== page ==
The only downside was that the device did get extremely hot with continued use. I opted to put it in an open outside pocket on my purse to allow air to flow around it more easily. While the device didn't really cool off much, at least my Aveda lipstick wasn't at risk of melting inside my purse.

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Choosing between the ship's Wi-Fi, Skyroam's hotspot and Verizon was a daily decision.

Image: Teena Maddox/TechRepublic

The next day, we boarded the ship, and I switched to Carnival's Wi-Fi, again keeping my phone in airplane mode. The Wi-Fi worked perfectly, and I steered away from making cellular calls while on the ship. Verizon would charge me $1.79 per minute while on board if I used my personal phone to make the calls. When talking to my chatty eight-year-old son, that could get expensive fast. Plus, he preferred seeing me on FaceTime, so using the ship's Wi-Fi instead of cellular was the way to go.

I kept the Skyroam device turned off until we reached our first port in Sicily, since it's not for use while on board the ship. In Sicily, I once again opted for Skyroam and it was a seamless experience. A new friend on our Sicilian excursion wanted to log in and check her email, so I thought that was a good way to test Skyroam's ability to handle three mobile devices at once. The end result wasn't stellar—she had spotty service and it kept dropping off.

Dock racing in Civitavecchia

The only true problem I had with Skyroam was in Civitavecchia, Italy, when I was late getting back to the ship from Rome and frantically trying to use GPS mapping on my phone to find my way back to port. But, it wasn't Skyroam's fault. I'd had the Skyroam device on for the majority of the day—approximately eight hours—and when I was desperately searching the internet for information, the battery died. I knew it was only good for around eight hours, but I hadn't planned properly, as can happen on vacation. It was stressful to lose connectivity the very moment I needed it most, as I was wandering around the narrow Italian streets, looking for the stairs down to the port.

Luckily, I had my Verizon Travel Pass as a backup, so I logged onto that, turning my phone off from airplane mode and paying $10 for the day, even though I only needed it for 10 minutes. Sidenote: I did make the ship. But, I went down in history as one of the famous "dock runners" racing to the ship before it sailed away.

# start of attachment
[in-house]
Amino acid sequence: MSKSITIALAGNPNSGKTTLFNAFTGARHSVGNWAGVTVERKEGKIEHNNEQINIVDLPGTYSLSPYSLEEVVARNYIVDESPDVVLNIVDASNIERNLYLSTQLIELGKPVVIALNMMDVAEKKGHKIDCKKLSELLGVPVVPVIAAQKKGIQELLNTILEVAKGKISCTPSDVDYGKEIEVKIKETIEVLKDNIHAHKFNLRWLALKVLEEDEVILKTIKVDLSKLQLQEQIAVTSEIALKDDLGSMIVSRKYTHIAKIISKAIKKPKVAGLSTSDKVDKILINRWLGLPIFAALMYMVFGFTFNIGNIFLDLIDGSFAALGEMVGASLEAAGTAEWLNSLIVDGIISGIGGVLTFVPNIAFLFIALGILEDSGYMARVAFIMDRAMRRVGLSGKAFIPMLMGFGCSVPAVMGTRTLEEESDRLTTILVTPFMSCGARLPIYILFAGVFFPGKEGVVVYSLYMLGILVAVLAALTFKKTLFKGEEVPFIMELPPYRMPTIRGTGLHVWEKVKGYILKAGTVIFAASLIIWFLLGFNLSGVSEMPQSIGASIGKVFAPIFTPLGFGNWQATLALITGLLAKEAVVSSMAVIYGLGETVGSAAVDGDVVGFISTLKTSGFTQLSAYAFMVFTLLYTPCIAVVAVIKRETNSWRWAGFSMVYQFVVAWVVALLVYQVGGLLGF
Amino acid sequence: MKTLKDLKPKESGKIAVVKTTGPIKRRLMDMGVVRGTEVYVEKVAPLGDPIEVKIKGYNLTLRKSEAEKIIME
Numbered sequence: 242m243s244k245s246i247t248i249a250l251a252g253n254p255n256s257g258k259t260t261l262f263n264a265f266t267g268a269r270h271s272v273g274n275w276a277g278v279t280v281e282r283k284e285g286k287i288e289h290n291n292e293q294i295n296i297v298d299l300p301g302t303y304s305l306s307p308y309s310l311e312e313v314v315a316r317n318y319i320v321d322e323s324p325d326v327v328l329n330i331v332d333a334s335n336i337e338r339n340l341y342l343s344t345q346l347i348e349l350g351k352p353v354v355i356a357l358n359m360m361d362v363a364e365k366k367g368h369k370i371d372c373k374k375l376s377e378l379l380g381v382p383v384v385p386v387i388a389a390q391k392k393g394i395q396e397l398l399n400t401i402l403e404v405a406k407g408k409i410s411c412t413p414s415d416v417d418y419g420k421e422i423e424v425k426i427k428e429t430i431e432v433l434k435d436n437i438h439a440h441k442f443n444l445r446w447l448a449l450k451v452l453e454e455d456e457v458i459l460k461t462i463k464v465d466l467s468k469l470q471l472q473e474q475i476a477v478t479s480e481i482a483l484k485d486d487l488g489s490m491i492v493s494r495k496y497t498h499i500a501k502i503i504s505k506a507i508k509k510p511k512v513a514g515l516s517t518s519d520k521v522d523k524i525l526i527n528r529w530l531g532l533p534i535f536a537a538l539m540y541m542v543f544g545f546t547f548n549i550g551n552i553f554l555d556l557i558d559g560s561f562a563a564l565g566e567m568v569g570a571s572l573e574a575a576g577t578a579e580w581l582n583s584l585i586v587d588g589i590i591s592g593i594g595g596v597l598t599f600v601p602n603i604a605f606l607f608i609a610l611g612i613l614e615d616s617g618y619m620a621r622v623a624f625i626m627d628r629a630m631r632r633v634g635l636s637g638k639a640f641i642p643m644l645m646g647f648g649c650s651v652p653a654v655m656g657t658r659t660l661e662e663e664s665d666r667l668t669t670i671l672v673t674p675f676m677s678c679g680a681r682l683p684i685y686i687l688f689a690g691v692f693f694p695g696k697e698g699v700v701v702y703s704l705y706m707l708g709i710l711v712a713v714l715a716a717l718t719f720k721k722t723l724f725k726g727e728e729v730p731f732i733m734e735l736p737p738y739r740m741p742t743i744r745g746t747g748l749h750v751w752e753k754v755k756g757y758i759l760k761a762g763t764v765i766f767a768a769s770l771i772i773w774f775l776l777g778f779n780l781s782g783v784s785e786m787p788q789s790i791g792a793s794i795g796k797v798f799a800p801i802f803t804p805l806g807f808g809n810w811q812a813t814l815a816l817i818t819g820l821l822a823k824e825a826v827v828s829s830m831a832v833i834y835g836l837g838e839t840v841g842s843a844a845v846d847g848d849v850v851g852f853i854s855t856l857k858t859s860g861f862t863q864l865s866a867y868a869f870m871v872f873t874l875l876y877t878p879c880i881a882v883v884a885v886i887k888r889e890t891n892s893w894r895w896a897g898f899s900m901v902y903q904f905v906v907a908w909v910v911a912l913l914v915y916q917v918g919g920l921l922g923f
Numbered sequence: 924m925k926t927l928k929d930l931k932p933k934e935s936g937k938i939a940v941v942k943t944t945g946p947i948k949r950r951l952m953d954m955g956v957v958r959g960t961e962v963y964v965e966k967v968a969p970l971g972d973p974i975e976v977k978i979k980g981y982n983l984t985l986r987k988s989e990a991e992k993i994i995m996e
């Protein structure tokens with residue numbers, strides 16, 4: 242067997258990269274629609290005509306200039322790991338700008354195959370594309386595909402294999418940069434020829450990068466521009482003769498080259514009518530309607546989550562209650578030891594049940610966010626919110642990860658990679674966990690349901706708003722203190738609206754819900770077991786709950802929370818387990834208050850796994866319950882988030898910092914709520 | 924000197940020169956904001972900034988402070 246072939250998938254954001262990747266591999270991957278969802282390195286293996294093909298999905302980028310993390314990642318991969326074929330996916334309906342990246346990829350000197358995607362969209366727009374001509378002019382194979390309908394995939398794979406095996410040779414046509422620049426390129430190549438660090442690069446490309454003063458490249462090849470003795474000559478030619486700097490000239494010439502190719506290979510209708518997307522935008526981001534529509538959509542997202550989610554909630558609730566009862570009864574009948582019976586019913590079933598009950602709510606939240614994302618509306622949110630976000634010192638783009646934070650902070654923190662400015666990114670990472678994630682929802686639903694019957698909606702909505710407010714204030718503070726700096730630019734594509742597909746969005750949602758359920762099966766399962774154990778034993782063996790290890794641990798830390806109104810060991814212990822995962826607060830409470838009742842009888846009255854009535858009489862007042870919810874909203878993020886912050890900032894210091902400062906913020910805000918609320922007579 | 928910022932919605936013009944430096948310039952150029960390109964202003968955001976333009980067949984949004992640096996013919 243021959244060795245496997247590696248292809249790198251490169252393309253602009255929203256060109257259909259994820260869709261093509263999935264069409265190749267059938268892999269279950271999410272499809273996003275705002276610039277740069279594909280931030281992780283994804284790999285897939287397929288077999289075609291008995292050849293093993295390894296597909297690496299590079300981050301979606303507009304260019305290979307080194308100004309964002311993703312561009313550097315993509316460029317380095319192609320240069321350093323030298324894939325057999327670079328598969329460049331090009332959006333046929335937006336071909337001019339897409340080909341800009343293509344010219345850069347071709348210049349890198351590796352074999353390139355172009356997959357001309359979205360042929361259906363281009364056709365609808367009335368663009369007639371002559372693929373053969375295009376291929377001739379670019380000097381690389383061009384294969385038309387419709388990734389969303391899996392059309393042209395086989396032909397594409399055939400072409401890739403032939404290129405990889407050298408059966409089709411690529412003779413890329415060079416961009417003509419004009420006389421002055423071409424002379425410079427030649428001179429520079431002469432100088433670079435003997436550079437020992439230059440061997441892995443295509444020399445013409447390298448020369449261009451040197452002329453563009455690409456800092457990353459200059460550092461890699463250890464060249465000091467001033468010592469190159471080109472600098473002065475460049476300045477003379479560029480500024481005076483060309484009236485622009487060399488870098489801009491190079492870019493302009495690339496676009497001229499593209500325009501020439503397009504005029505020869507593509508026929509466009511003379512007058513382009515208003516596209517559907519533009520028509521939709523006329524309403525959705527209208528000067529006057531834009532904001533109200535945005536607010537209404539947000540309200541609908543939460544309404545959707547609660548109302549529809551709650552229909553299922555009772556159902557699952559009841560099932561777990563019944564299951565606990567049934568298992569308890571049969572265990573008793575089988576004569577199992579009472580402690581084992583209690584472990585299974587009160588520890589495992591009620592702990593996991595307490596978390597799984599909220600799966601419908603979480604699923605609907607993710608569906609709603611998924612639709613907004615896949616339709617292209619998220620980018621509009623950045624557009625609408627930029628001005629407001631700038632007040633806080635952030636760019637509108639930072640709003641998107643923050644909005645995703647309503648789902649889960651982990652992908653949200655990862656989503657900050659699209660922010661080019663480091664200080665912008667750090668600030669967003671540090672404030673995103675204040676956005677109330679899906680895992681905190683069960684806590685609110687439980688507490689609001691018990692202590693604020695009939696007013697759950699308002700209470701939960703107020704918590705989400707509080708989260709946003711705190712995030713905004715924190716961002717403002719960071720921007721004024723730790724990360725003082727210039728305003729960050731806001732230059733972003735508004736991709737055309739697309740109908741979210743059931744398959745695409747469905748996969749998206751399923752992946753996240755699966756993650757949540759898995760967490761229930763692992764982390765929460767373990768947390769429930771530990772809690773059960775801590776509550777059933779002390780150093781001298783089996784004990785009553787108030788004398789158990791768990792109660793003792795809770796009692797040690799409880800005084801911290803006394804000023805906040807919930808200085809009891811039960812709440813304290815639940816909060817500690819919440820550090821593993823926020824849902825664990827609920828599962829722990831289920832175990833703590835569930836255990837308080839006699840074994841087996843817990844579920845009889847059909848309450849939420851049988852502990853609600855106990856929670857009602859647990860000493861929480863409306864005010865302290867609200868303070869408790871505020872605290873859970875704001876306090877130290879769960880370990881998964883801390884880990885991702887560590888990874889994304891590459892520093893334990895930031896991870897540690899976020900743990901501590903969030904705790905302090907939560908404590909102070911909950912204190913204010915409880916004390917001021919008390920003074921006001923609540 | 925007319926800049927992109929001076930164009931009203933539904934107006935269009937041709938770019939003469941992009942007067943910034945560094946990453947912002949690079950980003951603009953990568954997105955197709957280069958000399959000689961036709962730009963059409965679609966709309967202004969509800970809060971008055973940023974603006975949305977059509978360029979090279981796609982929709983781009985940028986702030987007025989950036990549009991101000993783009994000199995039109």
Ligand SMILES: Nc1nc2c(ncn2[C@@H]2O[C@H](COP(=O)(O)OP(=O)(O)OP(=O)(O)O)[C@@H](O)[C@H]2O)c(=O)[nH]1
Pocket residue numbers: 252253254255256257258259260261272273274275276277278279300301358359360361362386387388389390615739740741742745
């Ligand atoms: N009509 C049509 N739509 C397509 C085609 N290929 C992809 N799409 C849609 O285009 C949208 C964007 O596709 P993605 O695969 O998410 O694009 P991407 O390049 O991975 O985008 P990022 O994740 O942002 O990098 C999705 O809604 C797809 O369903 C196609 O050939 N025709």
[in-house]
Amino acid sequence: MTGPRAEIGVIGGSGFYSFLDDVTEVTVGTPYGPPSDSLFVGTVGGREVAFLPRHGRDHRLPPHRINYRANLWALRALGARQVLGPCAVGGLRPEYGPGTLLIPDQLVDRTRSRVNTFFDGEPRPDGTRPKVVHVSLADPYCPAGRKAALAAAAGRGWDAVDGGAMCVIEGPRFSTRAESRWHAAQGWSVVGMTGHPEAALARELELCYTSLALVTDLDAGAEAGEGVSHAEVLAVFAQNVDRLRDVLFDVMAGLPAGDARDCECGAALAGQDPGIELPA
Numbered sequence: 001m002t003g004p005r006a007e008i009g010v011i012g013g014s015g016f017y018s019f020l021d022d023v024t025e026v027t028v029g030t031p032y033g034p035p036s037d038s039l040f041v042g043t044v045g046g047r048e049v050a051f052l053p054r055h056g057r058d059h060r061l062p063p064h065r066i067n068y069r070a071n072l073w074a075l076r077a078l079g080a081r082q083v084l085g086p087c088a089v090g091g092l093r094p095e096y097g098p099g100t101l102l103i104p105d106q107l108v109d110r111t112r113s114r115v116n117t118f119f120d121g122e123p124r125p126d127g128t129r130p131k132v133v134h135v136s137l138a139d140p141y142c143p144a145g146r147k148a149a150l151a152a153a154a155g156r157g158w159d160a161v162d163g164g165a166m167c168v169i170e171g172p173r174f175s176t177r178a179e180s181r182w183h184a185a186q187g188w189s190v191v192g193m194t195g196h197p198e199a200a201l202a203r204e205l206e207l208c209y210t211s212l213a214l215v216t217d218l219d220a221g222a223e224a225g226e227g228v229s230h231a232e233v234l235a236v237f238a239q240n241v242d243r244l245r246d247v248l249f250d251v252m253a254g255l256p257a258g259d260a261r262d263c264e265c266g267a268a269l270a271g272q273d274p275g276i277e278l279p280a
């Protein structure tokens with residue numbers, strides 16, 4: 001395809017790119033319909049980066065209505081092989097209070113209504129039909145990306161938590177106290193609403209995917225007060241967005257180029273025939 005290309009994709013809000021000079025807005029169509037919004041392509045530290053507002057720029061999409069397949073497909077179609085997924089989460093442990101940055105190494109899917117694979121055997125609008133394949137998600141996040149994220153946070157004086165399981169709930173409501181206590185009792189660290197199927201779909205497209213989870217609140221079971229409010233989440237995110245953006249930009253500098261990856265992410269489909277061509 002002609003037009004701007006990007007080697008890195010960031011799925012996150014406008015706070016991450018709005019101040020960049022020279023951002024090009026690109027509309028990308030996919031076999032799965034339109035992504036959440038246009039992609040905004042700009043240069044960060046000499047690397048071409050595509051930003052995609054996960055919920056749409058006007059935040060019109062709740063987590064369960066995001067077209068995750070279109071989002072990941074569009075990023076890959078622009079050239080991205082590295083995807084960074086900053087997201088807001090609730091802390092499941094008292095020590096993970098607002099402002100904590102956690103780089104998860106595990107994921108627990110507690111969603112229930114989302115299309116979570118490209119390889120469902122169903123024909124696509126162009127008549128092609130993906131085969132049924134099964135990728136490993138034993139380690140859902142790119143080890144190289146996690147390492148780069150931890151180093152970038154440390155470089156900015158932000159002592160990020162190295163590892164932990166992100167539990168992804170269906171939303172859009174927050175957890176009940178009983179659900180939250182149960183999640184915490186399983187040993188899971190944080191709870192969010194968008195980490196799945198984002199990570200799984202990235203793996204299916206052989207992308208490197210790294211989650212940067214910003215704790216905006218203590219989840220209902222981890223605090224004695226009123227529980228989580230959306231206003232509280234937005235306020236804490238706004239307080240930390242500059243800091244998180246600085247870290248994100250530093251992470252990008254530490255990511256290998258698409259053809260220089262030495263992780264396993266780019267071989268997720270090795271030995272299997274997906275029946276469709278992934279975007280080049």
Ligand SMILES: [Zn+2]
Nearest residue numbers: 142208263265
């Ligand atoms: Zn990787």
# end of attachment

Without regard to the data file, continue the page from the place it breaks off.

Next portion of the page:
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Skyroam even worked in the underground passageways of the Roman Colosseum.

Image: Teena Maddox/TechRepublic

I continued to use Skyroam throughout Italy, while visiting the ruins in Pompeii, touring the Amalfi coast, and even while in Provence, France. As long as I remembered to charge it each day, it was a perfect way to use my phone for GPS mapping without needing to log onto my Verizon account. A few times I did feel that the 3G service was a tad too slow, and so in those cases, once I was back in Barcelona, I went ahead and paid $5 a day for my Verizon Travel Pass service.

Overall, I was pleased with how Skyroam worked, and it's something I'd consider for future trips overseas. While it works in the US, it's often less expensive to simply use the hotspot on your own phone, or use the abundance of free Wi-Fi in metro areas, than pay for a 24-hour Skyroam pass.

Three takeaways for TechRepublic readers

  1. Skyroam offers unlimited data and Wi-Fi in more than 100 countries through a small hotspot device you carry with you.
  2. Check with your cellular provider for international rate plans and compare to Skyroam before determining the best option.
  3. Skyroam lasts approximately eight hours on one charge, even with multiple devices.

Also see:

About Teena Maddox

Teena Maddox is a Senior Writer at TechRepublic, covering hardware devices, IoT, smart cities and wearables. She ties together the style and substance of tech. Teena has spent 20-plus years writing business and features for publications including Peo...